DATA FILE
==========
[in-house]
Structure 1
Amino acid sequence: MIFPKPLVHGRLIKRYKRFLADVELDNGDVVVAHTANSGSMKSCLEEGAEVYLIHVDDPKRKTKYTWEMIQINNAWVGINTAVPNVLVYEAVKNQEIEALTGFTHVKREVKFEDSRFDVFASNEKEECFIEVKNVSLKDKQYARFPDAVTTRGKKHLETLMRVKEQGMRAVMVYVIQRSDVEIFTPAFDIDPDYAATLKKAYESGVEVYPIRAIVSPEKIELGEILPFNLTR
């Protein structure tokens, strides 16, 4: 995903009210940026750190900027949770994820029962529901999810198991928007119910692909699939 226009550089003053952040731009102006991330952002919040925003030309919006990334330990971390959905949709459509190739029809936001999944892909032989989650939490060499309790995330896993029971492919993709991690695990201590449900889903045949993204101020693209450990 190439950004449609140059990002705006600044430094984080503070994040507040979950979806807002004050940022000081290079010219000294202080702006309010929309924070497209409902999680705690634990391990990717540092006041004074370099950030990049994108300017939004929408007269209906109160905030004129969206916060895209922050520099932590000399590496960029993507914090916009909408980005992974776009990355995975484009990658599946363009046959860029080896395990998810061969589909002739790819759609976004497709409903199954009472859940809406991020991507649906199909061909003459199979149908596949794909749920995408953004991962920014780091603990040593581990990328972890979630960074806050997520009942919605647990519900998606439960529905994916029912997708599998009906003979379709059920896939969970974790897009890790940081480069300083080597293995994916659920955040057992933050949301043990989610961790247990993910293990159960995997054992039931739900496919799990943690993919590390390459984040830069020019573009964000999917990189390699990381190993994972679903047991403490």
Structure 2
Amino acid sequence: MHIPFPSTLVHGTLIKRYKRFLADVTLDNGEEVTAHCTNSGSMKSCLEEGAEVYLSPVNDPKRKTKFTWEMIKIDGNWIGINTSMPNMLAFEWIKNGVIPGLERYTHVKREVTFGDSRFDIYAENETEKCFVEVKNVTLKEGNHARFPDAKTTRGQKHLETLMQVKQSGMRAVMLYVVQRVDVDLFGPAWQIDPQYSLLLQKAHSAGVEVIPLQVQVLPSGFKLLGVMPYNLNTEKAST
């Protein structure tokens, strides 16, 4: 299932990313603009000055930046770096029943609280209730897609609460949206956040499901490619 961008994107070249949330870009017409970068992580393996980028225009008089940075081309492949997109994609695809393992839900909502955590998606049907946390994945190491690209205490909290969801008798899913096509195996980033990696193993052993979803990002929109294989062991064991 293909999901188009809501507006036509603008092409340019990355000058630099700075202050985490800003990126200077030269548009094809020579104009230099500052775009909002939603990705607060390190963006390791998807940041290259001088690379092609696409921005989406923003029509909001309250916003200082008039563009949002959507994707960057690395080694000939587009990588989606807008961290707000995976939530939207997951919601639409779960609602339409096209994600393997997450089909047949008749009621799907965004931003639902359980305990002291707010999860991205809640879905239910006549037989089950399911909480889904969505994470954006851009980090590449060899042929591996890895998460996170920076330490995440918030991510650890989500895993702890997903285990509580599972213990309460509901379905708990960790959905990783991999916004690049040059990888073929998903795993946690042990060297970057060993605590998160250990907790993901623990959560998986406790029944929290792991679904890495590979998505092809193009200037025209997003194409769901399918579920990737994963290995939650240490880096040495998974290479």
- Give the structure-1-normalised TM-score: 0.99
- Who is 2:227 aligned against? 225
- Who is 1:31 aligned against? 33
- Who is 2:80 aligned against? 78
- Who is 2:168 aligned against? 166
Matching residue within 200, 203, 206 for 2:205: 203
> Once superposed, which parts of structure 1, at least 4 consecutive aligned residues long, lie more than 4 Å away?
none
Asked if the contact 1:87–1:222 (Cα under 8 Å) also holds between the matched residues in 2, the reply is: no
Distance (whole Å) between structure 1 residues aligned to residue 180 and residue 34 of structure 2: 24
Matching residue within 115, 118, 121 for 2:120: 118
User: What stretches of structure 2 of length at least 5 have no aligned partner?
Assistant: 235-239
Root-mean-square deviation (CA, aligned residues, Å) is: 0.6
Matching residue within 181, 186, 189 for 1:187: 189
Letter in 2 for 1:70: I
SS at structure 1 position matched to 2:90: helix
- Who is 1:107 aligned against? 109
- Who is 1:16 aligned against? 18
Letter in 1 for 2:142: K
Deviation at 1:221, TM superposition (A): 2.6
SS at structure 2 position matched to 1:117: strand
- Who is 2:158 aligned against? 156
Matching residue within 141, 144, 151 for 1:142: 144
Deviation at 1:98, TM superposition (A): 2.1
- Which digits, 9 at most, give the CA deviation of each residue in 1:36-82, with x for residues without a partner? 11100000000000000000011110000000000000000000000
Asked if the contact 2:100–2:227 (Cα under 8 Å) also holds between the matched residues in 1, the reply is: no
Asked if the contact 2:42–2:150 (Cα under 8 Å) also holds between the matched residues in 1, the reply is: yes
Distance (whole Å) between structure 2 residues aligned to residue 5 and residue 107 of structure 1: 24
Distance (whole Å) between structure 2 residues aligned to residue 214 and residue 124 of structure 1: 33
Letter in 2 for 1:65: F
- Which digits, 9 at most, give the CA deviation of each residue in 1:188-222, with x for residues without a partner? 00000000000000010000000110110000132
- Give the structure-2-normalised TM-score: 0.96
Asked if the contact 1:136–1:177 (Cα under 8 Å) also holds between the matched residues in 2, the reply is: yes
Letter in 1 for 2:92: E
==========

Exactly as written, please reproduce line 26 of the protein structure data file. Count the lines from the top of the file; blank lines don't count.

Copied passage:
- Who is 1:16 aligned against? 18